Costa Concordia to be towed away by mid-2014

2013-09-17 13:21
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Costa Concordia rises from sea

The Costa Concordia has been pulled completely upright after a 19-hour operation, with operations headed by South African salvage master Nick Sloane.

Rome - The Costa Concordia is set to be removed from the shoreline of the Italian island of Giglio by mid-2014, experts said on Tuesday, after the wrecked cruise liner was successfully prized from the rocks it had been wedged against for the past 20 months.

The operation to straighten the 300m, 114 000-ton vessel by 65 degrees took 19 hours and was completed at 04:00 (0200 GMT). Engineers had hoped it could be done in 10 to 12 hours, but always insisted that getting it right was more important that doing it fast.

"I am relieved and I am a bit tired. I will have a beer and go to sleep. I am sending a kiss to my wife," the South African-born chief salvage master, Nick Sloane, said as he emerged from the barge from which he commanded the operation.

The listing hull was lifted using steel cables and tanks attached to its exposed side, which were filled with water and used as counterweights in the effort to pull up the wreck, which was rested on a false sea bed.

Engineers were next planning to inspect the side that emerged from the waters, which was covered in brown mud and was heavily deformed. The idea is to attach tanks also on that side, and use them to refloat the ship by emptying them of water and filling them with air.

Early summer removal

Once refloated, the Concordia was expected to be towed away to a yet-to-be decided port for dismantling, but Franco Porcellacchia, an engineer overseeing operations for owners Costa Crociere, was confident it could all be done in the first half of next year.

"I think that all the conditions will be in place in late spring, early summer to think about taking it away," he said. Work cannot be done faster because of the difficulty of operating during adverse winter conditions.

The Concordia's rotation was a major engineering feat. The risk was that the rusting hull could snap or sink entirely, jeopardising the entire salvage operation and causing a likely environmental disaster.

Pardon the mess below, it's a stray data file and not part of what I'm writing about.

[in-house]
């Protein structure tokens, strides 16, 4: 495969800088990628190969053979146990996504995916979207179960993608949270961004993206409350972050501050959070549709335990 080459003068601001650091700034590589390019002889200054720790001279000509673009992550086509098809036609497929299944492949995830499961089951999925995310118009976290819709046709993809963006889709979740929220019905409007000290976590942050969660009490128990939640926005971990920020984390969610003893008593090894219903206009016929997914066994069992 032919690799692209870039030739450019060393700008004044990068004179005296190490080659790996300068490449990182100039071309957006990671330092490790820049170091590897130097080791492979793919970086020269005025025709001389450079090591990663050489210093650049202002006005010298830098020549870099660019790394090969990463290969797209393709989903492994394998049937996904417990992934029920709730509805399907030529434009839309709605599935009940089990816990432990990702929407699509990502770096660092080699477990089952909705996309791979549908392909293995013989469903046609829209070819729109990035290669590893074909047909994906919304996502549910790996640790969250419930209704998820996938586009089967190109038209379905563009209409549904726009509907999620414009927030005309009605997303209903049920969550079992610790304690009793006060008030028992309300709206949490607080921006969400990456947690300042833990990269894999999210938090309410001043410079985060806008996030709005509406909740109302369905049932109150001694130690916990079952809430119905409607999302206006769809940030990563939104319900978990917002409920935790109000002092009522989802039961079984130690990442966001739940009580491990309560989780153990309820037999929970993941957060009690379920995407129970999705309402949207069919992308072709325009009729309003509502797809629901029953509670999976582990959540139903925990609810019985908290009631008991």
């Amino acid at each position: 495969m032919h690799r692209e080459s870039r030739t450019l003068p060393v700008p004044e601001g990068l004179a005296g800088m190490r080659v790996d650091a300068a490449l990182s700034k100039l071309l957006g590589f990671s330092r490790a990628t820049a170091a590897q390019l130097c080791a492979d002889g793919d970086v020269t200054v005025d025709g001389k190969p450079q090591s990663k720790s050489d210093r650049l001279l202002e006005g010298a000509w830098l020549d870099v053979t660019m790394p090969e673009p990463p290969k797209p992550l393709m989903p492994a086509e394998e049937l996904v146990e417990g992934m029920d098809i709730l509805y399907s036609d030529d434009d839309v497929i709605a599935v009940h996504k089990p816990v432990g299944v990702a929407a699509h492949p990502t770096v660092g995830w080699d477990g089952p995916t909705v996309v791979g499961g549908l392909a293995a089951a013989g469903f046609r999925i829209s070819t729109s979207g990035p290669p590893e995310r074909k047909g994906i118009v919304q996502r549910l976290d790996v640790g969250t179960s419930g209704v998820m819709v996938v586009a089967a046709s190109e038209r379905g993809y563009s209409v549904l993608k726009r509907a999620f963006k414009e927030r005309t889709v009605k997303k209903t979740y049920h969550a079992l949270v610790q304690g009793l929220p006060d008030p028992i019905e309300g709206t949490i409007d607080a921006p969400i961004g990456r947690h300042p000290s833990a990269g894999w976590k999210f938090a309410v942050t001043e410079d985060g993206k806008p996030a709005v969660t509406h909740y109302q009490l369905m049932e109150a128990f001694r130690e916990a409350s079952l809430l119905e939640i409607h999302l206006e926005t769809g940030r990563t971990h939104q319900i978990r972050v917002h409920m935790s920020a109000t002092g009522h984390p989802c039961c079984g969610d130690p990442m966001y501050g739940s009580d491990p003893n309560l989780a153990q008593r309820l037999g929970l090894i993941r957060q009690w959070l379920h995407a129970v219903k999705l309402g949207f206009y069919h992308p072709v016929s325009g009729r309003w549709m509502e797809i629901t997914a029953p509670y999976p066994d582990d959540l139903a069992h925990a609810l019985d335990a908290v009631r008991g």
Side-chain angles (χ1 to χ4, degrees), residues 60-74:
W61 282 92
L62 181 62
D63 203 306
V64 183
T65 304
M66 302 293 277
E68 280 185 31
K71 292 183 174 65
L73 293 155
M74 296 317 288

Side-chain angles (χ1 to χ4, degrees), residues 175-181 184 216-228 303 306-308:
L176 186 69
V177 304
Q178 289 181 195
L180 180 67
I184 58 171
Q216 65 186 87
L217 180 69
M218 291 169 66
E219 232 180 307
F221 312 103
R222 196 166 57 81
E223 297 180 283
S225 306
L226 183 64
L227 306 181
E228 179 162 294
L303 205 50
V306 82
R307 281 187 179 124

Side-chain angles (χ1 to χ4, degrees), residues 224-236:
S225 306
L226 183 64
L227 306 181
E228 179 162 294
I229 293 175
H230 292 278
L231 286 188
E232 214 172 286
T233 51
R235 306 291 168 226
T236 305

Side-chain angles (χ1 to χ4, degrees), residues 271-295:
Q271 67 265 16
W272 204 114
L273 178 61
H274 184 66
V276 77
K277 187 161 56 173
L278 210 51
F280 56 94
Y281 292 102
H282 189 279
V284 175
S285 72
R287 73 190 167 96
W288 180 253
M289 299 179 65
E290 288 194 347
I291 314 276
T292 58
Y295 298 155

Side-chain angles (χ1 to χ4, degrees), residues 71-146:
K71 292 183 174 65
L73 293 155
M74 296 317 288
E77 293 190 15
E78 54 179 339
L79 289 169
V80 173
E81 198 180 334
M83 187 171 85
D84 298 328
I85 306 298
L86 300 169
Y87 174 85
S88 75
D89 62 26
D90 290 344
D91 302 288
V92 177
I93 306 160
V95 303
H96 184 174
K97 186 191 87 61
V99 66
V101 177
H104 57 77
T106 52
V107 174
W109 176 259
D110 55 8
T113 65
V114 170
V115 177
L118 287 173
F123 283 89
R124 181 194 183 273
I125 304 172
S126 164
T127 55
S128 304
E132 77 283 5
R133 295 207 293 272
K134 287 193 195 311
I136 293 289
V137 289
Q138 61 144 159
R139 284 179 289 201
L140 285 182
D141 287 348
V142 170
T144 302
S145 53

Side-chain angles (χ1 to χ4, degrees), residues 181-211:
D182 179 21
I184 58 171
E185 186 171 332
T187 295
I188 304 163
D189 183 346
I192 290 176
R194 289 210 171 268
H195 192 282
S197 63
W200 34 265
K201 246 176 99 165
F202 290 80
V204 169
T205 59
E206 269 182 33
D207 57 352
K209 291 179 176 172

"It could not have gone any better," Porcellacchia said, while Italian Civil Protection agency chief Franco Gabrielli attacked doom-sayers. He singled out a member of the Italian chapter of Greenpeace, who had predicted the spillage of vast quantities of sewage.

Instead, there was no release of toxic liquids. The Concordia was emptied of fuel two months after its shipwreck, but sea water inside its hull is thought to have been contaminated by residual fuel, chemicals and rotting food on board.

As the straightening was completed, salvage team members hugged and applause broke out in the press briefing room, while sirens in the port of Giglio, the tiny Italian island where the Concordia ran aground, blared in celebration.

All those working on the rescue "are a great [source] of Italian pride," Prime Minister Enrico Letta wrote on Twitter. He invited Gabrielli and others for a congratulatory meeting in Rome.

The sinking of the Concordia, attributed to the irresponsible behaviour of its Italian captain Francesco Schettino, has been a national shame. The image of the half-sunken ship was also associated with the crisis-stricken state of the country.

Insurers for Costa, an Italian subsidiary of the US-based Carnival, are footing the bill for the unprecedented salvage operation, estimated at over €600m, and employing more than 500 people from 26 nations.

The Concordia crashed against a reef on 12 January 2012. Thirty-two of the 4 229 people on board died and two victims - an Indian waiter and an Italian passenger - are still missing. Rescuers were expected to board the vessel to look for their remains.

Meanwhile, Schettino is being tried for manslaughter and other serious crimes, and was due to next appear in court on 23 September.

The disgraced captain is accused of having taken the ship dangerously close to the shore to perform a stunt, and to have badly mishandled emergency procedures on the night of the disaster. He left the Concordia before all passengers had been evacuated.

In July, four other crew members and a Costa Crociere executive were given suspended jail terms ranging from 18 to 34 months, in plea bargain agreements. Costa Crociere was fined €1m in another plea deal in April.

Read more on:    francesco schettino  |  nick sloane  |  italy  |  cruise liner disaster

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